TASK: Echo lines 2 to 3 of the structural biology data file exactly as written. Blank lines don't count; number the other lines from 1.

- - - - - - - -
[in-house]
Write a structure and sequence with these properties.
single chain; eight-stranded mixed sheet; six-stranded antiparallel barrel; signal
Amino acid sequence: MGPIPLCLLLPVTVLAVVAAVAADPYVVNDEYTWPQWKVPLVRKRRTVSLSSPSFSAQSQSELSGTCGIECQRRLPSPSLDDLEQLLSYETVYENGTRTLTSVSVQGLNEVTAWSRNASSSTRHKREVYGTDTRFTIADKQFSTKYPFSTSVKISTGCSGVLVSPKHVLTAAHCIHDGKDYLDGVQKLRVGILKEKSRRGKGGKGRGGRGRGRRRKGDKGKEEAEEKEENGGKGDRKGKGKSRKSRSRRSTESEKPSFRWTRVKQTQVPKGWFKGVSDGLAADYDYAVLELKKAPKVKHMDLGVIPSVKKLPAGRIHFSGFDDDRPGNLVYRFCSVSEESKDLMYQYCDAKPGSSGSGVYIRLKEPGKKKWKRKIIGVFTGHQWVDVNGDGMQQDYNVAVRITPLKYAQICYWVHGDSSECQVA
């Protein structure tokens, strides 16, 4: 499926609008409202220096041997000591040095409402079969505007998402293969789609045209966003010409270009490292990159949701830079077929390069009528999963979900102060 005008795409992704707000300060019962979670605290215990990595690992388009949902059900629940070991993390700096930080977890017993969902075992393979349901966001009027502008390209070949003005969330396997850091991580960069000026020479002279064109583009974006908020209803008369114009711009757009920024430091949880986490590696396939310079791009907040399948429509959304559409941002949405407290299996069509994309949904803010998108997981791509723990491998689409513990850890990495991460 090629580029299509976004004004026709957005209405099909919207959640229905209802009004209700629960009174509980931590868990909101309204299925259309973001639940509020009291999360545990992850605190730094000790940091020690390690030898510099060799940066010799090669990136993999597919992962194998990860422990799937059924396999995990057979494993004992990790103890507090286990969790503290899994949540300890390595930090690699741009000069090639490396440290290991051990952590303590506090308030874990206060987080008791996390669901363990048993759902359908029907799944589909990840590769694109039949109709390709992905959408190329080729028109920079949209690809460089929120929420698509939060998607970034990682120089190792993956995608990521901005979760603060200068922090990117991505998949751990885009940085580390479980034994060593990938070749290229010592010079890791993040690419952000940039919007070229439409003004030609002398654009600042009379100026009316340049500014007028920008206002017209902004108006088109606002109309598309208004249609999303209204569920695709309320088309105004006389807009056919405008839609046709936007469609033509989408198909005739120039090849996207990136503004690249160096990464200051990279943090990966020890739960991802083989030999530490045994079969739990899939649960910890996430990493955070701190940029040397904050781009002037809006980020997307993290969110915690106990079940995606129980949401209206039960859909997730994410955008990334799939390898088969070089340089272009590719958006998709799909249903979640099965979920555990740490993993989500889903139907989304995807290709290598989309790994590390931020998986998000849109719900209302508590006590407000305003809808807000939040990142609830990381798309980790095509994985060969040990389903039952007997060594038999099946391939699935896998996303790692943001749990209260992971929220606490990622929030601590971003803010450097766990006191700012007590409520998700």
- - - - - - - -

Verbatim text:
Write a structure and sequence with these properties.
single chain; eight-stranded mixed sheet; six-stranded antiparallel barrel; signal